Brands have also started placing greater focus on delivering refined contextual messaging of interest, as opposed to swamping consumers with constant news, updates, promotional offers and brand messaging.

Cluttering your customers’ inbox with content often does more damage than good, and marketers should consider sustainable content delivery as part of a wider sustainability agenda.

There are a few simple solutions to cutting down your digital carbon footprint. Using an internal messaging tool, such as Google Chat, Microsoft Teams or Slack, instead of email, consumes much less energy and offers a simpler, often quicker, way of communication.

Double, or triple, check your emails before you send them to avoid the notorious follow-up: ‘Sorry! Forgot to attach the file in my previous email.’

An anti-spam tool can autonomously clear out your recycle bin and spam folder, while unsubscriber tools can remove you from any mailing lists you only signed up to for a 10% off discount code three years ago.

It is also sustainably smart to set aside a couple of time slots a day to read and reply to emails. Not only will this benefit the planet, but will also allow you to work more efficiently with fewer interruptions.

When sending over large files, opt for a file hosting service like Google Drive or OneDrive, that uses a download link. This prevents the file from being stored on multiple servers, reducing energy usage.

You can also be better with your browser. We recommend When you search, using precise keywords saves energy, as does writing directly into the address bar, rather than in the search engine. Doing so will direct you straight to websites you’ve visited before, preventing your search going back through the search engine, or data centres. Don’t forget to close unused tabs too!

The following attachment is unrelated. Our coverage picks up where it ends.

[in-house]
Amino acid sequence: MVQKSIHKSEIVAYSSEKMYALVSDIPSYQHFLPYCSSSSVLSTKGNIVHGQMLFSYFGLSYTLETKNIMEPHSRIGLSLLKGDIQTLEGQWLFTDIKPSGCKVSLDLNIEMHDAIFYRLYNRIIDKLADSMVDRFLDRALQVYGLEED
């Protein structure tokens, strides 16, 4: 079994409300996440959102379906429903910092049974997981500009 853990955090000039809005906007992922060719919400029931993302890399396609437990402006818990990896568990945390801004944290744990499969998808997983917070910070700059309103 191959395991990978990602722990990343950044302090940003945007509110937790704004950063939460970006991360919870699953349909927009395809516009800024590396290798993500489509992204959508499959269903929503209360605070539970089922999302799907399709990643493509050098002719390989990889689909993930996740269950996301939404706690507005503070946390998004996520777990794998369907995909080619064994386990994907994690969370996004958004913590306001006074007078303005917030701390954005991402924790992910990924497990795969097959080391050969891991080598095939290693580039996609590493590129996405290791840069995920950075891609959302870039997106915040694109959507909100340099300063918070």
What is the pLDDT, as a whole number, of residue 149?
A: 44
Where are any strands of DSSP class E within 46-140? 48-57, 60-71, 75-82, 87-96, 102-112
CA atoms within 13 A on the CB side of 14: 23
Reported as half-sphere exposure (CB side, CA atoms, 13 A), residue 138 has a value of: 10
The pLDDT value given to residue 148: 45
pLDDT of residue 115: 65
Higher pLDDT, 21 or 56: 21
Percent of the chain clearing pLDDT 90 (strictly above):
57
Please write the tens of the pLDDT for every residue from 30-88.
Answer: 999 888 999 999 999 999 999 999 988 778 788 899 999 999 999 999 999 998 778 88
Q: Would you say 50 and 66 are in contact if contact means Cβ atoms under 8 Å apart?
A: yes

We also recommend using Ecosia, instead of Google, who use the profits from advertising to plant trees at over 9000 planting sites around the world.

On the topic of advertising, purpose-powered technology vendors, such as B Corp-certified Good-Loop, provide an ethical approach to advertising, that is positive for brands, people, and the world.

If customers choose to engage with your brand through Good-Loop, they unlock free donations for your charity partners, allowing brands to deliver better ad performance and build brand love while doing good in the world. For instance, if someone watches 10 seconds of your content on a skippable video ad on sites such as YouTube, they unlock a free donation, funded by the advertiser. The viewer can then use this donation to choose a good cause to support.

Advertising in this way makes the connection between brands and people feel more meaningful, and can even drive increased views, higher engagement, better recall rates and considerable brand uplift.

To learn more about how we can help you to develop your brand to suit a climate conscious world, get in touch.

Anna Alford is the Marketing & Content Assistant at Digital Visitor, excited to be kicking off her career in digital marketing. Recently having graduated with a degree in neuroscience, she joins her scientific background with her zeal for writing and proclivity for creativity throughout her work.